Ghost Towns of South Austalia's Upper North
The plethora of ghost towns in the Upper North around Orroroo highlights the story of many South Australian country towns and the withdrawal of people from the inland for the past 100 years. Towns developed mostly as the hub of farming communities, for mining and to service the rail network, have been going out of business virtually since they were settled, some only lasting a few years. Nowhere has the retreat from the country been more extreme than in the Upper North, due mostly to the remarkable, but totally unjustified development of country towns in the region in the 1870s.
Goyder's Line plaques are found throughout the region, and indicate a line marked on the map of South Australia by Surveyor General George Woodroffe Goyder in 1865 delineating drought affected country. The line, which passes through this area, became an important factor in the settlement of South Australia as it indicated the limits of lands considered safe for agricultural development. The town receives 325 mm of rain each year that is typically spread over 79 days. The rest is dry.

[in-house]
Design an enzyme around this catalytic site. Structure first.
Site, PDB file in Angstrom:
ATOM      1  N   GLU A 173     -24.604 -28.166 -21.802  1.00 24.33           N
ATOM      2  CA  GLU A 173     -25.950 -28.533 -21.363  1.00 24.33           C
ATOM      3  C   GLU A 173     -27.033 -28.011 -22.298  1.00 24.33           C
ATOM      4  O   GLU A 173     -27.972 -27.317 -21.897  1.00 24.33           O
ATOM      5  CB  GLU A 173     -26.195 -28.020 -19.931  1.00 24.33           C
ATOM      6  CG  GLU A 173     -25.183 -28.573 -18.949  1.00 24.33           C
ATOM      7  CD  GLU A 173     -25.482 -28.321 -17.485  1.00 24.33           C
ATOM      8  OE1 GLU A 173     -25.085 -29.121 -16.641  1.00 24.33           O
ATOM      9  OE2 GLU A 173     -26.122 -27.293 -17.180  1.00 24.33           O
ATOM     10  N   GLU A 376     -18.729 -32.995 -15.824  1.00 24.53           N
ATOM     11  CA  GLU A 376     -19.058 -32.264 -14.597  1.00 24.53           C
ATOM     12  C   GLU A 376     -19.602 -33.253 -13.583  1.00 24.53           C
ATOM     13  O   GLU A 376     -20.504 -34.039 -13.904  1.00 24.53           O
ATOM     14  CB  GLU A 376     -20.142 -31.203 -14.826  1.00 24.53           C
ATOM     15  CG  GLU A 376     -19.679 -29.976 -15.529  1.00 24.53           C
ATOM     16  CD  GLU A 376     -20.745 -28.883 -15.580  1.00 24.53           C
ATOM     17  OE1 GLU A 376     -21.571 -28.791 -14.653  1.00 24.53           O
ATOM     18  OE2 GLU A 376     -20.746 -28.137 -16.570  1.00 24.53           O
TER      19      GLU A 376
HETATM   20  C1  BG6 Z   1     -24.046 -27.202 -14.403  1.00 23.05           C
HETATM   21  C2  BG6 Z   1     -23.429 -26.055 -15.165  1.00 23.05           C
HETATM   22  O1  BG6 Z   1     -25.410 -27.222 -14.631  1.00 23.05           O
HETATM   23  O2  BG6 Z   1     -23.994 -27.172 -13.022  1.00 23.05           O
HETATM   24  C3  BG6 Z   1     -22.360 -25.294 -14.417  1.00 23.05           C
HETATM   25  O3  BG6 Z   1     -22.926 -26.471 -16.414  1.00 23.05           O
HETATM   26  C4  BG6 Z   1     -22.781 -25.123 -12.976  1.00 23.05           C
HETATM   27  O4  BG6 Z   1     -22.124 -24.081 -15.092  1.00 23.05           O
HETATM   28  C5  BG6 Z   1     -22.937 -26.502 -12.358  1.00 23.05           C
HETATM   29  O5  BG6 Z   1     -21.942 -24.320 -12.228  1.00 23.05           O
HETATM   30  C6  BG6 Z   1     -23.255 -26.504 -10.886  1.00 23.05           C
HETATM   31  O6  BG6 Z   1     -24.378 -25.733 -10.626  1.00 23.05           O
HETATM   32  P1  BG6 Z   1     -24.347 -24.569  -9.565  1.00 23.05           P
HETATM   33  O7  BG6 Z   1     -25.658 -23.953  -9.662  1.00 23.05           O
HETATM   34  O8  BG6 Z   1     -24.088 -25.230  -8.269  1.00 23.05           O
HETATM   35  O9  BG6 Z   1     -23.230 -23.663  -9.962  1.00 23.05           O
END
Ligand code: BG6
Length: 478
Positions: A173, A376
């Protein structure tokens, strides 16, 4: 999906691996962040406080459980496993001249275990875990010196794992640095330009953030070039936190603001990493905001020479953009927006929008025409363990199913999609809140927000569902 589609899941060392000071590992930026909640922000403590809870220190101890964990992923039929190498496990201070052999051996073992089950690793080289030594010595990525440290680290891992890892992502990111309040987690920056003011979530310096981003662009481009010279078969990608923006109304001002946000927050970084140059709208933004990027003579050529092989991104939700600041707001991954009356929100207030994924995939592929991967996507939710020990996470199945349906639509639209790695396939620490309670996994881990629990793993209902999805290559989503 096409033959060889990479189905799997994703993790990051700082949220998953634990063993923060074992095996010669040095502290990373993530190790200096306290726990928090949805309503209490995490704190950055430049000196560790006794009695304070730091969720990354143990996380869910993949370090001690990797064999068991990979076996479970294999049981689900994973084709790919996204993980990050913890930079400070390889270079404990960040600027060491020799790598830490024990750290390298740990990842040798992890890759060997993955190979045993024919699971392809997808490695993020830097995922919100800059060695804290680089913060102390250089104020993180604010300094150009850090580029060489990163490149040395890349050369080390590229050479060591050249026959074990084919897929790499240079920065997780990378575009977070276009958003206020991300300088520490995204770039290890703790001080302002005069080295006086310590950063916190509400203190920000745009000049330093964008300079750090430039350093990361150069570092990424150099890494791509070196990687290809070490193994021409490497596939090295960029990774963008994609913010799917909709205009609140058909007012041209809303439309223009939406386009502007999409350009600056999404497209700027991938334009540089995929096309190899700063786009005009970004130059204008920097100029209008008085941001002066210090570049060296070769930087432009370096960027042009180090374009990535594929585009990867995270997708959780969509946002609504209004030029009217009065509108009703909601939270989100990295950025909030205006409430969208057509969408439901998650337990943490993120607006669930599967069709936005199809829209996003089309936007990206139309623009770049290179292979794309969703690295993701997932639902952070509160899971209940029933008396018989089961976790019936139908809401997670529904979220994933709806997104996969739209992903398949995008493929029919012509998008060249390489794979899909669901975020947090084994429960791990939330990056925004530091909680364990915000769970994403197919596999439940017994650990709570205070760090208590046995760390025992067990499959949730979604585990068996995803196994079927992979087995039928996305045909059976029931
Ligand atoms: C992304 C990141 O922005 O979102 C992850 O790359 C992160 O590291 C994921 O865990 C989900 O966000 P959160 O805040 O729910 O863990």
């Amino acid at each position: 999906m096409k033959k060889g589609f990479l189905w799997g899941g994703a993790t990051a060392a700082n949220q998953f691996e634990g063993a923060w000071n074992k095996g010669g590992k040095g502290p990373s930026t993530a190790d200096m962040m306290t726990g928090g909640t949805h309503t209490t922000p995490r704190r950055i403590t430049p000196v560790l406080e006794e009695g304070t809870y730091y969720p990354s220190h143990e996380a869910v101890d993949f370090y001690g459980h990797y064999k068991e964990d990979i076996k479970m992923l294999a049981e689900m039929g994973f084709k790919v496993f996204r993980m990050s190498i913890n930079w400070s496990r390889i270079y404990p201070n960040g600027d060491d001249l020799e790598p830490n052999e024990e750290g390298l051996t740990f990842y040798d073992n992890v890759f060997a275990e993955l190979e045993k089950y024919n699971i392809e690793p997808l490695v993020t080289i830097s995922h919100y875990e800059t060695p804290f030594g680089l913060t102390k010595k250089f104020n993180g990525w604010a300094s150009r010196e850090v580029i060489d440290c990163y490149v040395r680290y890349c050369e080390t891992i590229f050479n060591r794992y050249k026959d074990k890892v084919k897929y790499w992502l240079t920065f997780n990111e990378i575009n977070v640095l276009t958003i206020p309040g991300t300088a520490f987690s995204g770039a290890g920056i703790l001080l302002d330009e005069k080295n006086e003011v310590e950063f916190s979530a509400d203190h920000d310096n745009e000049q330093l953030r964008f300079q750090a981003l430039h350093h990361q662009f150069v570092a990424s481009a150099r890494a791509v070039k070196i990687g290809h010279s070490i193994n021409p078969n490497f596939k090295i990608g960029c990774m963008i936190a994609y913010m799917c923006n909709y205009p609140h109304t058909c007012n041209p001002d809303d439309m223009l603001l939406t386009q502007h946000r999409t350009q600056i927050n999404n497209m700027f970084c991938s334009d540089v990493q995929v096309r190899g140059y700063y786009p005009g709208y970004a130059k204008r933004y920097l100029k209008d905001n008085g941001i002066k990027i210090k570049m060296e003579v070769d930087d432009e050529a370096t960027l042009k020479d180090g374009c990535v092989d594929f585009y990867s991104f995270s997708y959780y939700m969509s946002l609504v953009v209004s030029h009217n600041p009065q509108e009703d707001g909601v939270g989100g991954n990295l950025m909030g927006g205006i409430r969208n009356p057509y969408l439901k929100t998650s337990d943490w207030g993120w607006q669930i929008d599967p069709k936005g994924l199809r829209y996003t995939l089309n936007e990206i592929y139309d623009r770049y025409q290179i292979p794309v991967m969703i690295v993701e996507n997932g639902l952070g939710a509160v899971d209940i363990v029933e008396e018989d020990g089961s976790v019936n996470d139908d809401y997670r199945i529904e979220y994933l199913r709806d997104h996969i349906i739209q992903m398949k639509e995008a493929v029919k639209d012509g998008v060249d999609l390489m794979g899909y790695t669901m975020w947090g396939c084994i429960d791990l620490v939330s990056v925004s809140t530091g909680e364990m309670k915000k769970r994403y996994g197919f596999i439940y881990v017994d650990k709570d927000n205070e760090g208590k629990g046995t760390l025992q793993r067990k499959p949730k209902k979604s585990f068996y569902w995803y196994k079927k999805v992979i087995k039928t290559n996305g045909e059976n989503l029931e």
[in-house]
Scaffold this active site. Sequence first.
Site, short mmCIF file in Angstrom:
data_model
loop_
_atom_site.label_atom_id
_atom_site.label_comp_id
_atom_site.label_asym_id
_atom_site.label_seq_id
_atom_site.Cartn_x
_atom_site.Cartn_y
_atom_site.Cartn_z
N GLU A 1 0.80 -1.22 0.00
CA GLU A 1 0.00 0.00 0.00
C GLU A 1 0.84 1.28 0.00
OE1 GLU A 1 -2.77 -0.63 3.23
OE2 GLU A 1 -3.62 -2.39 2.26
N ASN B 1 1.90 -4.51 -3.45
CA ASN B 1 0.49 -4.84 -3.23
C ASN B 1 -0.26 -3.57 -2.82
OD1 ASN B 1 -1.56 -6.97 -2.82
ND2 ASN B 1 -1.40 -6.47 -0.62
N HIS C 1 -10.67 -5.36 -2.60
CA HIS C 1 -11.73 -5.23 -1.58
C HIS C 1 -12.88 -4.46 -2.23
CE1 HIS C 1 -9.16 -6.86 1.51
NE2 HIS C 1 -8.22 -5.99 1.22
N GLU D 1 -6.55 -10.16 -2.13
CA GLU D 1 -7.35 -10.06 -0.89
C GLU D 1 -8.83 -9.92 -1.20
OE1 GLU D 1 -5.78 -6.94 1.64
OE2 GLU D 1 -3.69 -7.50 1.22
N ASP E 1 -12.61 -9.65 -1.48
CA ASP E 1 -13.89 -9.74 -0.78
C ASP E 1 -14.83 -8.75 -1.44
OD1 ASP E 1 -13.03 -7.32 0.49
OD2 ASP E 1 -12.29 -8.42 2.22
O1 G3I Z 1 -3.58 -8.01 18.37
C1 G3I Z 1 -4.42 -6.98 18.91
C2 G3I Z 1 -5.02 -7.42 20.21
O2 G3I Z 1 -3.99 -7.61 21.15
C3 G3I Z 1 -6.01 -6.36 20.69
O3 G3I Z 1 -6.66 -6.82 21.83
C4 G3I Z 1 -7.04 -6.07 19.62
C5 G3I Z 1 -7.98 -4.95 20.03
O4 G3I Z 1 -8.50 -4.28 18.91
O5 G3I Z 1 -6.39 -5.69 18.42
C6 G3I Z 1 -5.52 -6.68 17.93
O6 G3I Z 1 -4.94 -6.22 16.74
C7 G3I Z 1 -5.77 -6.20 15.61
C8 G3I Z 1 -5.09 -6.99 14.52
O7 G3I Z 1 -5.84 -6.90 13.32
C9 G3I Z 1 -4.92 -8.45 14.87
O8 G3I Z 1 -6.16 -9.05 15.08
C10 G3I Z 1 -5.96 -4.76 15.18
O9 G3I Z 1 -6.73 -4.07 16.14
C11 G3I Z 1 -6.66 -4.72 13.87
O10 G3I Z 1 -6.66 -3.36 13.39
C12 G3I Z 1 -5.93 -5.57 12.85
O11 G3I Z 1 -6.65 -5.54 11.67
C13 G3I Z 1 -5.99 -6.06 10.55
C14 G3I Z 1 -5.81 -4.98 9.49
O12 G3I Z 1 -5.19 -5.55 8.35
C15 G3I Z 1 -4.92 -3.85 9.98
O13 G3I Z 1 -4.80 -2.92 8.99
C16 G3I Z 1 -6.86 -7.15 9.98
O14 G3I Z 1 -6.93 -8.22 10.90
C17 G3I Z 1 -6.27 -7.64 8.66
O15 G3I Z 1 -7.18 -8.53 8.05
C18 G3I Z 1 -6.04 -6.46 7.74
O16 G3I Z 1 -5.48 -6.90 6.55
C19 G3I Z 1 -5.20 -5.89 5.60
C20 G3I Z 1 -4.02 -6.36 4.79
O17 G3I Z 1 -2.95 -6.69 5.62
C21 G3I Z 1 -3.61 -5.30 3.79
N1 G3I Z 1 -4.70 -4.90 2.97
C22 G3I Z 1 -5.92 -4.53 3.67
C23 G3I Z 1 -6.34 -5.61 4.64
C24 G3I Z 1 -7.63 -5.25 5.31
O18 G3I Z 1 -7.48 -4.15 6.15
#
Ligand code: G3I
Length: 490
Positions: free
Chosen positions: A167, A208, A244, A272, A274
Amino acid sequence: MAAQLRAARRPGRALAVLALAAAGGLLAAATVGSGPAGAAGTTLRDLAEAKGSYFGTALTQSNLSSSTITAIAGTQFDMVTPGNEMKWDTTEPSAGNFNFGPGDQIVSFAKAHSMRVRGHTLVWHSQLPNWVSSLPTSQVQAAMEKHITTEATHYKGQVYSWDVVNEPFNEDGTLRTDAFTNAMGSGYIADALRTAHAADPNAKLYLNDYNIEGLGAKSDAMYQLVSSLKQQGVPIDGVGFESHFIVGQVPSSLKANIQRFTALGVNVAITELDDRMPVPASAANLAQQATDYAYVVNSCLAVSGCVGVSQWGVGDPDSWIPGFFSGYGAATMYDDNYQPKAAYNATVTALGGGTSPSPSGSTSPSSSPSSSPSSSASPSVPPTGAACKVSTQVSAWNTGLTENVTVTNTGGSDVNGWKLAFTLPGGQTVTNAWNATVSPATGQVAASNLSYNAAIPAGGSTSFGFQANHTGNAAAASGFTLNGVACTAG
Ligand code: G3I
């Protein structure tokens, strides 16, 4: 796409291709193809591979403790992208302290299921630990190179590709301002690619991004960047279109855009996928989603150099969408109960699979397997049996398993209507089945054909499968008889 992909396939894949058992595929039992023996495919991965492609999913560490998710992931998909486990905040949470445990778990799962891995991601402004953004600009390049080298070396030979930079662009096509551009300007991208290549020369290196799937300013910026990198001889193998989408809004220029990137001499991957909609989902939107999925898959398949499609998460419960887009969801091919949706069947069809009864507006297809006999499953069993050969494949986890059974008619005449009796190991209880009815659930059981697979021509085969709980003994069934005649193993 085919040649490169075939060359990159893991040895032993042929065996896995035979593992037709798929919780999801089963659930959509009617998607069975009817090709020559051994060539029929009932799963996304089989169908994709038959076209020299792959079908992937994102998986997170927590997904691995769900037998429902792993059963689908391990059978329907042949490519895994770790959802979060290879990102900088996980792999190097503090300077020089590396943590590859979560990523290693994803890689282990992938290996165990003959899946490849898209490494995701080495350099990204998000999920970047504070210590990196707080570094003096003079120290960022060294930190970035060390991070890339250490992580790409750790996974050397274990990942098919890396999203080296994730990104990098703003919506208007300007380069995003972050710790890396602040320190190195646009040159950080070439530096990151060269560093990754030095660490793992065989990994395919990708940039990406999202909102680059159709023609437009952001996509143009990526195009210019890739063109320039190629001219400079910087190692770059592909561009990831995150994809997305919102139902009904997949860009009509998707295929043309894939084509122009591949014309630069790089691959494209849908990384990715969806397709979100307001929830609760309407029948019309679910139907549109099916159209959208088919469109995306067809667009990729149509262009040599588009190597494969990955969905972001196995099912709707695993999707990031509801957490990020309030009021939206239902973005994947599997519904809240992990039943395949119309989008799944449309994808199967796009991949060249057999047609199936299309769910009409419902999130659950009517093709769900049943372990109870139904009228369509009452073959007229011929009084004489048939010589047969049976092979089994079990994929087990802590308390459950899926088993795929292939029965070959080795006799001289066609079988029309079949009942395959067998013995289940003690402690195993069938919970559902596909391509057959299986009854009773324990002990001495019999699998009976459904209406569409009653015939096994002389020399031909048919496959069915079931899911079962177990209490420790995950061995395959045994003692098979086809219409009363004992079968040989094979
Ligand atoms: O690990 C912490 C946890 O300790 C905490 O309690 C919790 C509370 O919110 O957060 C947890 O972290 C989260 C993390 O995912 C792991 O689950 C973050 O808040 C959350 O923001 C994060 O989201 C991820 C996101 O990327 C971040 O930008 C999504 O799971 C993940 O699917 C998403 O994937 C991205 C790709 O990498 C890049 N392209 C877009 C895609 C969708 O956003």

Settlers flooded into the region during a brief unrealistic period of development, even though a large part of the Upper North lies north of Goyder's Line. Eventually, when the seasons turned against them, they realised that Goyder was right. Today, many Upper North towns, stretching from near Spalding in the south, west to Spencer Gulf, north to the Flinders Ranges National Park and east into the dry pastoral country, have reached a point of no return.
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